Second, this implementation could have a big performance impact on your code. At the moment of this writing, creating an object via Object.create is one of the slowest options you have.

Undress your data

I have to admit that I’m not a big fan of the approach described in the previous section, unless it’s not strictly required. I would better prefer to use naked data:

var person = {
  name: 'Benny',
  age: 65
};

Your data is there and it’s readable. But what about the access restrictions? If a piece of code should not read your data, you can always create a restricted representation of it, in the same way a database view restricts the access to the columns in a table.

var restricted = _.pick(person, 'name');

In the previous example I used a method defined in the Lo-Dash library for clarity. The pick() method creates a shallow clone of the person object, filtering just the name property. This produces a new object which is a restricted version of the original one, without the sensitive properties which you don’t want to pass around.

Validation is a problem which can be addressed in a different way. Instead of validating the correctness of a value each and every time you assign it to a member variable, you should actually restrict where validation takes place. If you are writing a Node module, in example, you have a well defined set of access point to your module functionalities. It is sufficient to validate your input data once, and the internals of your module can always treat the data assuming that is valid. If you are not sure that the internal implementation of your module treats the data correctly, maybe you should consider unit-testing your code more thoroughly.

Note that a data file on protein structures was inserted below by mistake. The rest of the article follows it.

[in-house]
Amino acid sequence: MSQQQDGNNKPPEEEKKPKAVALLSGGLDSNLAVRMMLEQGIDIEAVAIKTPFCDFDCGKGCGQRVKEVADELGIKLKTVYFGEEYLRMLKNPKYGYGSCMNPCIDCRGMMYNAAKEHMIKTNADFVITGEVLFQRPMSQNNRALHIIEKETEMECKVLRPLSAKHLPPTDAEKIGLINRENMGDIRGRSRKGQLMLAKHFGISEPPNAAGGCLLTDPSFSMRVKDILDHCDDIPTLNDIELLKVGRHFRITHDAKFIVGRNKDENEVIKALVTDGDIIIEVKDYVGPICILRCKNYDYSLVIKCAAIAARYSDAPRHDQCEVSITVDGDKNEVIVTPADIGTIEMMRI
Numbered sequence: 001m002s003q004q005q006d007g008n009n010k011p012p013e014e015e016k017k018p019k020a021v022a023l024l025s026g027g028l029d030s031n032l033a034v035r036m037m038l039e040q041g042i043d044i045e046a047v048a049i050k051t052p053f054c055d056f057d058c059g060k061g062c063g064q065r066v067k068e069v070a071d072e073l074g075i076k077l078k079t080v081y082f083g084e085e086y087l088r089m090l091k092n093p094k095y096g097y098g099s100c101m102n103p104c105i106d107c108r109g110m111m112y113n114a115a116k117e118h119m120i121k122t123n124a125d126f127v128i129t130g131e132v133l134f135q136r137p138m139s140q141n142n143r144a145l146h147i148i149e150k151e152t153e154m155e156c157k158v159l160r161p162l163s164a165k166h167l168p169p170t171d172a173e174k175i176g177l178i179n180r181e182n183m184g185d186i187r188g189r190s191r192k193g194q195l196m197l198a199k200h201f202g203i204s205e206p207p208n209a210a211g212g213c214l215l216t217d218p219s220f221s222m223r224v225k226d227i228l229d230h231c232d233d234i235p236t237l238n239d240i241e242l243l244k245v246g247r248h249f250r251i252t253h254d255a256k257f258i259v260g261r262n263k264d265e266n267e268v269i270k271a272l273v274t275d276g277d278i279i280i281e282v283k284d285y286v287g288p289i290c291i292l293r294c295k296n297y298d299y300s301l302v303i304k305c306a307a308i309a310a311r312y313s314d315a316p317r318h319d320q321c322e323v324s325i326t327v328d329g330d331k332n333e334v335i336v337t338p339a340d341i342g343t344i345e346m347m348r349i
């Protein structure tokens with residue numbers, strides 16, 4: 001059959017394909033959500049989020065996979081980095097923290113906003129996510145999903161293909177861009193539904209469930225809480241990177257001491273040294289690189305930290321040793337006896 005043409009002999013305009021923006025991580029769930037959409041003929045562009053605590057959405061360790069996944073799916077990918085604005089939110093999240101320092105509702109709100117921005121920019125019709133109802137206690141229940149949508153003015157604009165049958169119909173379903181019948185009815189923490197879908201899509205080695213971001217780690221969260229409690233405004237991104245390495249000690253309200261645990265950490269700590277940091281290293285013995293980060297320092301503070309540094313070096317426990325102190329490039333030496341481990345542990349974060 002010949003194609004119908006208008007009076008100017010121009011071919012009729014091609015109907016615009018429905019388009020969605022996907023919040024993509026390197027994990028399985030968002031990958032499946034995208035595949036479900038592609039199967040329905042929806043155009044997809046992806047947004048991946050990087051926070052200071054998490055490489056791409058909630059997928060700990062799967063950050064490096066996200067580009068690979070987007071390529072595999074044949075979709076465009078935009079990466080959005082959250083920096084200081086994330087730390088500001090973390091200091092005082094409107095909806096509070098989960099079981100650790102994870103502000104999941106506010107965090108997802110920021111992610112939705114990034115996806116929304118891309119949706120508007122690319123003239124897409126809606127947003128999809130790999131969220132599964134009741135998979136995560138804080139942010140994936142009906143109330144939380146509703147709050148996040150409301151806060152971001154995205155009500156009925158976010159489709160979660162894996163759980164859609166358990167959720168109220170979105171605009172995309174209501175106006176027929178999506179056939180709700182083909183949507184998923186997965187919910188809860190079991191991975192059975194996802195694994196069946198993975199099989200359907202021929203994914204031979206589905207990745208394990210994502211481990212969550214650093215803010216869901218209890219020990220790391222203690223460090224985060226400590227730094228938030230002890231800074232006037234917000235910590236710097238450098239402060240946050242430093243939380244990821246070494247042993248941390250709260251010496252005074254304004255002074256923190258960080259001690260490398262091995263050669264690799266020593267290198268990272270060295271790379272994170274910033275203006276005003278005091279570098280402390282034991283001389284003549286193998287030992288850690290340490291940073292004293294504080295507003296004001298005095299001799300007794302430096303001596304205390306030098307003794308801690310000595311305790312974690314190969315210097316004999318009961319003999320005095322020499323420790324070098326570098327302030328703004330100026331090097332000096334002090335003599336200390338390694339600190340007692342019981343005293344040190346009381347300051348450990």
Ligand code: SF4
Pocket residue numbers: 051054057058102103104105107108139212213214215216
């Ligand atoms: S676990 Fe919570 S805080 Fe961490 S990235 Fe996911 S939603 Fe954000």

A step further

Having plain data objects enables a different way of thinking about your software. Instead of focusing about objects, classes and behaviour, you can instead think about how the data can be transformed to achieve your goals.

I don’t want to bother you with functional programming concepts, because I prefer to show you how easy can be to manipulate plain data using a little bit of functional magic.

function getName(person) {
  return person.name;
}

function names(people) {
  return people.map(getName);
}

var people = [
  {name: 'John', age: 39},
  {name: 'Paul', age: 23}
];

names(people); // -> ['John', 'Paul'] 

This approach, of course, works even if you don’t adhere to the naked data philosophy. You have to admit, though, that it looks very natural to write this kind of code if you only have to bother about plain data. The previous approach can also be generalised by providing more flexible functions. What happens if you encapsulate the attribute access code in its own function?

function get(property, object) {
  return object[property];
}

function names(people) {
  return people.map(get.bind(name));
}

In the previous example you have a very general function, get, which can be reused in a very broad set of different contexts. As I told you before, this is not a direct consequence of naked data, but it feels really natural to think about data transformations when you don’t bother about classes and private state.

Is it really useful?

The short answer is: it depends. If you are writing a simulation system, it would make sense to organise your code in objects interacting with each other, and OOP feels like the natural choice. In my experience, though, I find myself writing applications which usually read data, apply some transformations to it, and write it somewhere else. In this case, it doesn’t make sense to have classes modelling your data, because you want to put most of your effort in the code which transforms it.

In conclusion, this article just describes a technique I find useful in some contexts, and it’s not meant to be the solution to every problem of each JavaScript developer. The first thing to do before choosing any programming technique is to reason about your problem, and only after you can decide the right approach to use.